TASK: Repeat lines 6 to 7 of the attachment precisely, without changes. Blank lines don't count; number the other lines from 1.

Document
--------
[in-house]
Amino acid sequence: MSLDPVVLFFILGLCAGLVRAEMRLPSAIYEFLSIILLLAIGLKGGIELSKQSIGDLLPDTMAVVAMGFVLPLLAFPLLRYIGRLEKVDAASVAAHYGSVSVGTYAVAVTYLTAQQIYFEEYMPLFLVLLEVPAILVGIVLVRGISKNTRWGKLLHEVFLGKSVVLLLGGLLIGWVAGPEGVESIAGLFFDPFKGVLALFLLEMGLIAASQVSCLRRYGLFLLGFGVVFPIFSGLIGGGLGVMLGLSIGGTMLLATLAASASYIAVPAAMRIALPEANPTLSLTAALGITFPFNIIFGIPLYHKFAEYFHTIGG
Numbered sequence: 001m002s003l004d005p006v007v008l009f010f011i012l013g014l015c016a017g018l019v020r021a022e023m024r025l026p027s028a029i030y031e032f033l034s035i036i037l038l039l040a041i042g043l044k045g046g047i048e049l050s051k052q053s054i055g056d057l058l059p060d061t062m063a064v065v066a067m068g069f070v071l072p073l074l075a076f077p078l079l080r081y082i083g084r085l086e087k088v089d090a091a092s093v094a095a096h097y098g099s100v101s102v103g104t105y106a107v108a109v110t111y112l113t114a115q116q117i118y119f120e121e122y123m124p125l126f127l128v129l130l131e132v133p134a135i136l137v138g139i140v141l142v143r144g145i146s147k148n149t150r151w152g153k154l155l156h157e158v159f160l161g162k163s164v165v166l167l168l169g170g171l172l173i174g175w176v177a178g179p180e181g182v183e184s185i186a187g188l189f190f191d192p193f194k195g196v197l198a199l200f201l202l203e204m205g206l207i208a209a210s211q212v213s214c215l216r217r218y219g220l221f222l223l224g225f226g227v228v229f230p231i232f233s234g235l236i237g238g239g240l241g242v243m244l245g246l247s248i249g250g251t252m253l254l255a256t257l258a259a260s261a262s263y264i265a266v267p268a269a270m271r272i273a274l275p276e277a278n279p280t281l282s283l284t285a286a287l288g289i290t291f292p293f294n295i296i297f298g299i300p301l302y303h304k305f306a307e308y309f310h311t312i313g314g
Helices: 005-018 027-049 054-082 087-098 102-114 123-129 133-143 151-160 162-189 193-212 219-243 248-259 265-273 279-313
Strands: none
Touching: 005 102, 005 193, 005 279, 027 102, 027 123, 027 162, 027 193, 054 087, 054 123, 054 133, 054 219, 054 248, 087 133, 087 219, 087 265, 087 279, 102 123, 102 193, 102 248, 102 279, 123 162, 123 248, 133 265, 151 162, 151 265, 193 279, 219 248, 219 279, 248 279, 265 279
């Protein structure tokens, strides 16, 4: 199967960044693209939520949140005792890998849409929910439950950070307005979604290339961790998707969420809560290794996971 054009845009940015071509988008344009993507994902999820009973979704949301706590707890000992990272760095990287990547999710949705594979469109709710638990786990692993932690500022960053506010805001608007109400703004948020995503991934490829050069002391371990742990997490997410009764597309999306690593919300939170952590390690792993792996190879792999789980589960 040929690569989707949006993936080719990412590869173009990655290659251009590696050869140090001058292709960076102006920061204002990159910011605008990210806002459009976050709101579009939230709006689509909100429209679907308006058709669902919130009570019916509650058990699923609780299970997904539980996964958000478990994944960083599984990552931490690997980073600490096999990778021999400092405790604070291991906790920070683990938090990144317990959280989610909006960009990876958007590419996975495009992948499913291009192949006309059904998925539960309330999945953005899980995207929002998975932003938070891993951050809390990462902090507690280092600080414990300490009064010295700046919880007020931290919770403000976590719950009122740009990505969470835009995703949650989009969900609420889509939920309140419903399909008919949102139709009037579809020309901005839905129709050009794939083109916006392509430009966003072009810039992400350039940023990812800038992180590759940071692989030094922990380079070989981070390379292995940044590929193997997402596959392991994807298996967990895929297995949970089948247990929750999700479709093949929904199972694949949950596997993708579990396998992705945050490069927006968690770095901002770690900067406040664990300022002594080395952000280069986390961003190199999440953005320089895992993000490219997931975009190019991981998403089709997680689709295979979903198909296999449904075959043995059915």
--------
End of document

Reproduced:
Touching: 005 102, 005 193, 005 279, 027 102, 027 123, 027 162, 027 193, 054 087, 054 123, 054 133, 054 219, 054 248, 087 133, 087 219, 087 265, 087 279, 102 123, 102 193, 102 248, 102 279, 123 162, 123 248, 133 265, 151 162, 151 265, 193 279, 219 248, 219 279, 248 279, 265 279
């Protein structure tokens, strides 16, 4: 199967960044693209939520949140005792890998849409929910439950950070307005979604290339961790998707969420809560290794996971 054009845009940015071509988008344009993507994902999820009973979704949301706590707890000992990272760095990287990547999710949705594979469109709710638990786990692993932690500022960053506010805001608007109400703004948020995503991934490829050069002391371990742990997490997410009764597309999306690593919300939170952590390690792993792996190879792999789980589960 040929690569989707949006993936080719990412590869173009990655290659251009590696050869140090001058292709960076102006920061204002990159910011605008990210806002459009976050709101579009939230709006689509909100429209679907308006058709669902919130009570019916509650058990699923609780299970997904539980996964958000478990994944960083599984990552931490690997980073600490096999990778021999400092405790604070291991906790920070683990938090990144317990959280989610909006960009990876958007590419996975495009992948499913291009192949006309059904998925539960309330999945953005899980995207929002998975932003938070891993951050809390990462902090507690280092600080414990300490009064010295700046919880007020931290919770403000976590719950009122740009990505969470835009995703949650989009969900609420889509939920309140419903399909008919949102139709009037579809020309901005839905129709050009794939083109916006392509430009966003072009810039992400350039940023990812800038992180590759940071692989030094922990380079070989981070390379292995940044590929193997997402596959392991994807298996967990895929297995949970089948247990929750999700479709093949929904199972694949949950596997993708579990396998992705945050490069927006968690770095901002770690900067406040664990300022002594080395952000280069986390961003190199999440953005320089895992993000490219997931975009190019991981998403089709997680689709295979979903198909296999449904075959043995059915």